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No One Actually Knows What They're Doing With Their Lives
How coffee with a professor taught me it's okay to admit it.
Have you ever felt like you don’t know what you’re supposed to do with your life? Perhaps, in those seasons, you felt like you were the only one. I’ve been there, too. The more I talk to successful, well-established adults, the more I realize: it’s not just you and me. Everyone struggles with confidence in their career direction. And, believe it or not, your own struggle can serve as a comforting reminder to others, even those you look up to, that they are not alone.
On my last day of final exams this semester, I scheduled a coffee chat with my sales professor. As we talked over green tea and a frappuccino, she began to share how, while she values her current role, she feels like she’s ready for the next thing. The only problem? She hasn’t yet figured out what the next thing should be.
As I listened to my professor, who has built a successful career in professional selling and now as a marketing researcher and professor, share her doubts about what’s next, I couldn’t help but remember many similar conversations I’ve had with other mentors in similar situations. Individuals who, from the outside, appear to have a clear understanding of where they are and where they want to go, yet inside are questioning it. Most folks I know are willing to be transparent about it, too, if you show genuine interest in their lives.
I shared this with my professor, and she didn’t seem to believe it at first. “Really, other professionals feel this way?” I nodded my head. Inside, I wondered why she hadn’t had this conversation with her peers. Then, it dawned on me: perhaps the professionals I know are more willing to share their uncertainty with me since I’m young and they know I will resonate with it, but they assume once they are an adult they are now the only one with the uncertainty. Seems almost silly, doesn’t it? But, we all do it.
Remember back to middle school. The kids in high school? They had it ALL figured out, didn’t they? Or, so we thought. Then we got to high school and realized we were still young and still didn’t know what we’re doing. But the college kids, they HAVE to know what’s up. Then we got to college or started our careers, and we realized… still no, don’t have it figured out. As I've graduated and continue to know more professionals, I’ve realized there is no magic year where we suddenly figure out what to do with our lives. Ever. And that’s okay.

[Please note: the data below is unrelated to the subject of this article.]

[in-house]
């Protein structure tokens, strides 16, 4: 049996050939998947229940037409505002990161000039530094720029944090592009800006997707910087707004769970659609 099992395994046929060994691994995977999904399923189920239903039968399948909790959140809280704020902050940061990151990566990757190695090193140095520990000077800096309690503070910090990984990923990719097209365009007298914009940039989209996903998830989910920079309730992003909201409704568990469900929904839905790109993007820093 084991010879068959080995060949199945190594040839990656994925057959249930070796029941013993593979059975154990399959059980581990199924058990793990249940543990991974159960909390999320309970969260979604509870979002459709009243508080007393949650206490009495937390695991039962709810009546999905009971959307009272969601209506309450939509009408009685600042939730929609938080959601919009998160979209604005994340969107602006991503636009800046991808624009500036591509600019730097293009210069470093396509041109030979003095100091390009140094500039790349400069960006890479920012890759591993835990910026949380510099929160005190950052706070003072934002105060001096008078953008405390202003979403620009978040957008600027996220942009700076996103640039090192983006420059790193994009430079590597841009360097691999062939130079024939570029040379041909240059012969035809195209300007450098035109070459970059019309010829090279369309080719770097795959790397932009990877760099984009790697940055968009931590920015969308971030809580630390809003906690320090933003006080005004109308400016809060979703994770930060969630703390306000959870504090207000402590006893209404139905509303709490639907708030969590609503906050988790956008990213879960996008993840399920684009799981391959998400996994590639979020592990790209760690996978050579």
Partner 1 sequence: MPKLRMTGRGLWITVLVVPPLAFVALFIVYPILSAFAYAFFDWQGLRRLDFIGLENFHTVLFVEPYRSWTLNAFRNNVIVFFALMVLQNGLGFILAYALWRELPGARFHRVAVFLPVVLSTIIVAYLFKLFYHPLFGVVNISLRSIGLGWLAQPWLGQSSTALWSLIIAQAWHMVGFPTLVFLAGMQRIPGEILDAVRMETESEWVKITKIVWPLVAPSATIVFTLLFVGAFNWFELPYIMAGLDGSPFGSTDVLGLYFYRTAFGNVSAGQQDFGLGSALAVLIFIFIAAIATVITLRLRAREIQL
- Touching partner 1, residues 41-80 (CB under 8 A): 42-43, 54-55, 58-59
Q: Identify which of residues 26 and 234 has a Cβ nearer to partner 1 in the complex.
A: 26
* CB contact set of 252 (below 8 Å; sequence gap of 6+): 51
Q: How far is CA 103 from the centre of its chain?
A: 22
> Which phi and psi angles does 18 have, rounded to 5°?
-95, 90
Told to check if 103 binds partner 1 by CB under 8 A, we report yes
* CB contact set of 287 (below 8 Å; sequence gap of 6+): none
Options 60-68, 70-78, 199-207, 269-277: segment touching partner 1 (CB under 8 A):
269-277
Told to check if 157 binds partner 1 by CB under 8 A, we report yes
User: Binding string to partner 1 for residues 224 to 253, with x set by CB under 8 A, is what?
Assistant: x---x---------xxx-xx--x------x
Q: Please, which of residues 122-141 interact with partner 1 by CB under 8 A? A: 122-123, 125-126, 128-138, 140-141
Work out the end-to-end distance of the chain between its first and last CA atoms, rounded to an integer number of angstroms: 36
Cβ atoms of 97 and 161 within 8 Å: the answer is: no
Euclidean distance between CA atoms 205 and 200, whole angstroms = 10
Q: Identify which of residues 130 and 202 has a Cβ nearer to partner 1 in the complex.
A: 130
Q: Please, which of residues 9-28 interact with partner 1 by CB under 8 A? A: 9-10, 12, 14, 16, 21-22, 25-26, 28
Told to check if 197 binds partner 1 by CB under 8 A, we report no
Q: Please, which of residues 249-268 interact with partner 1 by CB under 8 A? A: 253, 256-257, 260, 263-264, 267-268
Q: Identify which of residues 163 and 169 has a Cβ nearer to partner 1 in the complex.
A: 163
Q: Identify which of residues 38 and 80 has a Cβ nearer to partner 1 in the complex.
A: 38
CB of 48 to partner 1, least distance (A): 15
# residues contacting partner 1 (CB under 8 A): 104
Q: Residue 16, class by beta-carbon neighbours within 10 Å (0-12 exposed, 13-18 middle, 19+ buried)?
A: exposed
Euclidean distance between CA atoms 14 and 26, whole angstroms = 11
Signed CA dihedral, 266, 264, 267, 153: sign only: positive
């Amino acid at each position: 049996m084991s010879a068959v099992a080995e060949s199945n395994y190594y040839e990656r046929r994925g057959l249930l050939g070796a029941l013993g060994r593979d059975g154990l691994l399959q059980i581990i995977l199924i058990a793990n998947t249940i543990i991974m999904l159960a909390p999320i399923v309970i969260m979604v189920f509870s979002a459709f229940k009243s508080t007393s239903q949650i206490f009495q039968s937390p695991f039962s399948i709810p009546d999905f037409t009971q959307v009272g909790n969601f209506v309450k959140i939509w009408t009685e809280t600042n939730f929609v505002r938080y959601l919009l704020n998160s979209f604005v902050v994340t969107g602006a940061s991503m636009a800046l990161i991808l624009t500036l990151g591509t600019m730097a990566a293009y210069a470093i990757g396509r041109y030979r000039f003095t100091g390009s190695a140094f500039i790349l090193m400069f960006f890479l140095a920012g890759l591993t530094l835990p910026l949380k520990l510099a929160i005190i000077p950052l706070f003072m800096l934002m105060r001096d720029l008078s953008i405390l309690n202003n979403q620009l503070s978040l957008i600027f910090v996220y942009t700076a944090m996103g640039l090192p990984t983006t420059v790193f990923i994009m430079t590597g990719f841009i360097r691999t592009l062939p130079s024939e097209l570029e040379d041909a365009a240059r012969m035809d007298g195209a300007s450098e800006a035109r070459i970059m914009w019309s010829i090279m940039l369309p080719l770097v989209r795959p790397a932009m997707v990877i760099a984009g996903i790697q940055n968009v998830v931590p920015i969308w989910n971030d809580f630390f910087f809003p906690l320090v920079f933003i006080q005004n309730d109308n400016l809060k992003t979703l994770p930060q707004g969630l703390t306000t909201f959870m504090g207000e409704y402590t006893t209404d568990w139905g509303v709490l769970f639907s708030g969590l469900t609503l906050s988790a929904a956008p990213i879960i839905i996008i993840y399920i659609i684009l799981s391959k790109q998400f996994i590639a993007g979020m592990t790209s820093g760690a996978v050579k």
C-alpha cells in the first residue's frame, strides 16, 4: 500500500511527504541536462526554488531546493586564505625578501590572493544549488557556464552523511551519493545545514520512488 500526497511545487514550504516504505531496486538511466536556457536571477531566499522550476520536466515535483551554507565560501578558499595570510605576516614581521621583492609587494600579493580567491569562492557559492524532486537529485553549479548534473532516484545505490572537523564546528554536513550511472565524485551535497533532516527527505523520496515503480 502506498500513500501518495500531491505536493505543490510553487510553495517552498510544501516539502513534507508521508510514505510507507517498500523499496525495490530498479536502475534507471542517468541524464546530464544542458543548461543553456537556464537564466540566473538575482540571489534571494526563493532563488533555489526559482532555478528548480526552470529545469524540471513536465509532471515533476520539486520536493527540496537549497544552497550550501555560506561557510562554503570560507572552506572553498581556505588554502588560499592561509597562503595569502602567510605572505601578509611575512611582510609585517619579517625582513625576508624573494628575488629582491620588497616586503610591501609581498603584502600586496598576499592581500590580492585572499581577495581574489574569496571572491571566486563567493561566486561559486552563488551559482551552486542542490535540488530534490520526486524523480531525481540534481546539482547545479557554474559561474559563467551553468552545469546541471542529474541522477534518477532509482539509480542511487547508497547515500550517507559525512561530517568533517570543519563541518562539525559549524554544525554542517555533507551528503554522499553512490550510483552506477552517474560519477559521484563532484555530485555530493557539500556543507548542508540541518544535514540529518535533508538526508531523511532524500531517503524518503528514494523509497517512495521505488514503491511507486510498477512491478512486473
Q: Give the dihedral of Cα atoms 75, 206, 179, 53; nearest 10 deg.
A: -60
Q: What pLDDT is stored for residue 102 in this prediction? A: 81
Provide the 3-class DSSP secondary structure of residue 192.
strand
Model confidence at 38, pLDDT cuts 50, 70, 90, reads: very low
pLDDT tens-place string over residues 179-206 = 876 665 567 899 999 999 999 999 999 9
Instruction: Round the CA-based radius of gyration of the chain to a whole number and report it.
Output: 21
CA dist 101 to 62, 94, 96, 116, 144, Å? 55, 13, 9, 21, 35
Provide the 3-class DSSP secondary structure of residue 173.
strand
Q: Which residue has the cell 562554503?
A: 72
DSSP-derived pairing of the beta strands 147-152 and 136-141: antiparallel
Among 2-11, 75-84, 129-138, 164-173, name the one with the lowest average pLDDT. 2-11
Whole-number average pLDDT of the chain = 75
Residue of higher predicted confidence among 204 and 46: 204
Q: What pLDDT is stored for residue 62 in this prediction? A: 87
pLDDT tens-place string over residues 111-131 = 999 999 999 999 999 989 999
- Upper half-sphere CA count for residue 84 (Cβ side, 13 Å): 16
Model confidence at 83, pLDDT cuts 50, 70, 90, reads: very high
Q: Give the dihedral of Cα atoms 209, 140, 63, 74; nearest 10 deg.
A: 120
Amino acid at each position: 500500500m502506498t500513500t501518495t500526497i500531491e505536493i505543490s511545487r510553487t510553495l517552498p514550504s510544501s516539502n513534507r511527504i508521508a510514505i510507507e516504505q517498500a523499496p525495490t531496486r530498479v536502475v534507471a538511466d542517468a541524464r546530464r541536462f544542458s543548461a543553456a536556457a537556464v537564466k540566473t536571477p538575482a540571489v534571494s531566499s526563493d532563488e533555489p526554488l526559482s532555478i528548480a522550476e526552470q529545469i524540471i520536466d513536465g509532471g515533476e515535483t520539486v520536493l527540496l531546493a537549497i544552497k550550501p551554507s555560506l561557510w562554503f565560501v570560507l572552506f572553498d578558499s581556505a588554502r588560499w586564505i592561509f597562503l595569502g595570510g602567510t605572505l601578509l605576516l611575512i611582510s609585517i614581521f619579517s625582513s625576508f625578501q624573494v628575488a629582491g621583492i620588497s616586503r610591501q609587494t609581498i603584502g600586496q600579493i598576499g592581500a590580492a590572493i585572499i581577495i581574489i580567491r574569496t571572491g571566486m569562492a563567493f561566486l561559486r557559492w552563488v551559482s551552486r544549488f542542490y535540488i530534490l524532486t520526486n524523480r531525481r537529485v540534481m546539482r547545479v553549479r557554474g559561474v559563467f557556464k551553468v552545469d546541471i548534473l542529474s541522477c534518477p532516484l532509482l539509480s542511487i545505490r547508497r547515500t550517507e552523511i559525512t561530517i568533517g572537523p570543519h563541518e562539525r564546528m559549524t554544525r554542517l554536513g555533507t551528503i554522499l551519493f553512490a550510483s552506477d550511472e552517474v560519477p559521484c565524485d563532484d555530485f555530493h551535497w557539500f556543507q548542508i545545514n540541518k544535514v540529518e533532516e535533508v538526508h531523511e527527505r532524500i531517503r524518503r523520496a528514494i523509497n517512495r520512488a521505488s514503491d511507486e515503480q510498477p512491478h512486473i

In fact, I think it’s more than okay. It’s good, for two reasons: it keeps us humble, and it challenges us to stretch our known capabilities. When we don’t have a perfect map for our life, we are reminded we do not have control over every aspect. As a person of faith, the more I become at peace with this truth (admittedly, it’s taking me a long time), the more I find my trust in God strengthened. I don’t need to know where I’ll be in ten years, because the Creator of the universe does. Secondly, if we don’t know exactly what we want to do with our lives, we are pushed to try new things, in case something new is what we want to do next. Whether it ends up being the next step or not, it will teach us something of value.
Yes, setting goals can be a valuable exercise. Yes, having a general direction for our life is good. But also, yes, we won’t always keep the same goals. And also, yes, our specific direction may shift over time. That’s the beauty of it all: there is always more to learn, even about ourselves. As we learn these truths about ourselves, what if we were more open with our peers about our uncertainties? Whether you’re in high school or in the C-Suite, I bet you’re not alone. When we share our struggles, we not only open ourselves up to valuable advice, but we also encourage others who are dealing with the same challenges. As we do that, I think we’ll all get one step closer to figuring out what we’re doing with our lives.
Journal Prompt of the Week
When was the last time you admitted uncertainty to someone? Were they a peer, or someone younger or older?
Share with the Community
What’s one thing you can do this week to help someone else in their journey of figuring out what to do with their life?